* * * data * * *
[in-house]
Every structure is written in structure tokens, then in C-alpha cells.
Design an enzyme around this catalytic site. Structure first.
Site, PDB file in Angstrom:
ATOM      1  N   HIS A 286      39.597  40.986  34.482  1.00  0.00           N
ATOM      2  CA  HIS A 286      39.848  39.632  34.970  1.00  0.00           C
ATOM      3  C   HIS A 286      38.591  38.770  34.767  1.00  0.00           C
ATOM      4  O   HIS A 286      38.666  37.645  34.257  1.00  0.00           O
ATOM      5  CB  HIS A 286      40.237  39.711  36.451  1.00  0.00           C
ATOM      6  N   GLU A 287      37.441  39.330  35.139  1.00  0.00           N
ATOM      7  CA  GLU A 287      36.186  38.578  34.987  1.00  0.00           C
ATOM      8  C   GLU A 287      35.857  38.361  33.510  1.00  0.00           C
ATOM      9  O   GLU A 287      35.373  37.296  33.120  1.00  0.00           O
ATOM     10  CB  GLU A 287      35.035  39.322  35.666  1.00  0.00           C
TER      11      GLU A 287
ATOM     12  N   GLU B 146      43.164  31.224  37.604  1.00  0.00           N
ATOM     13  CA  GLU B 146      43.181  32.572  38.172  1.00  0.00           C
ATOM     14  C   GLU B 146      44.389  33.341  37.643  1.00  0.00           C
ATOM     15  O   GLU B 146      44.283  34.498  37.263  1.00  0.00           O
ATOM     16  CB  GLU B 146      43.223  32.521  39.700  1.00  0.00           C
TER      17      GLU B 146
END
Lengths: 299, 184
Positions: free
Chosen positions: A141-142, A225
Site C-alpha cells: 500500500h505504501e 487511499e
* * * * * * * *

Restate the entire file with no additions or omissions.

[in-house]
Every structure is written in structure tokens, then in C-alpha cells.
Design an enzyme around this catalytic site. Structure first.
Site, PDB file in Angstrom:
ATOM      1  N   HIS A 286      39.597  40.986  34.482  1.00  0.00           N
ATOM      2  CA  HIS A 286      39.848  39.632  34.970  1.00  0.00           C
ATOM      3  C   HIS A 286      38.591  38.770  34.767  1.00  0.00           C
ATOM      4  O   HIS A 286      38.666  37.645  34.257  1.00  0.00           O
ATOM      5  CB  HIS A 286      40.237  39.711  36.451  1.00  0.00           C
ATOM      6  N   GLU A 287      37.441  39.330  35.139  1.00  0.00           N
ATOM      7  CA  GLU A 287      36.186  38.578  34.987  1.00  0.00           C
ATOM      8  C   GLU A 287      35.857  38.361  33.510  1.00  0.00           C
ATOM      9  O   GLU A 287      35.373  37.296  33.120  1.00  0.00           O
ATOM     10  CB  GLU A 287      35.035  39.322  35.666  1.00  0.00           C
TER      11      GLU A 287
ATOM     12  N   GLU B 146      43.164  31.224  37.604  1.00  0.00           N
ATOM     13  CA  GLU B 146      43.181  32.572  38.172  1.00  0.00           C
ATOM     14  C   GLU B 146      44.389  33.341  37.643  1.00  0.00           C
ATOM     15  O   GLU B 146      44.283  34.498  37.263  1.00  0.00           O
ATOM     16  CB  GLU B 146      43.223  32.521  39.700  1.00  0.00           C
TER      17      GLU B 146
END
Lengths: 299, 184
Positions: free
Chosen positions: A141-142, A225
Site C-alpha cells: 500500500h505504501e 487511499e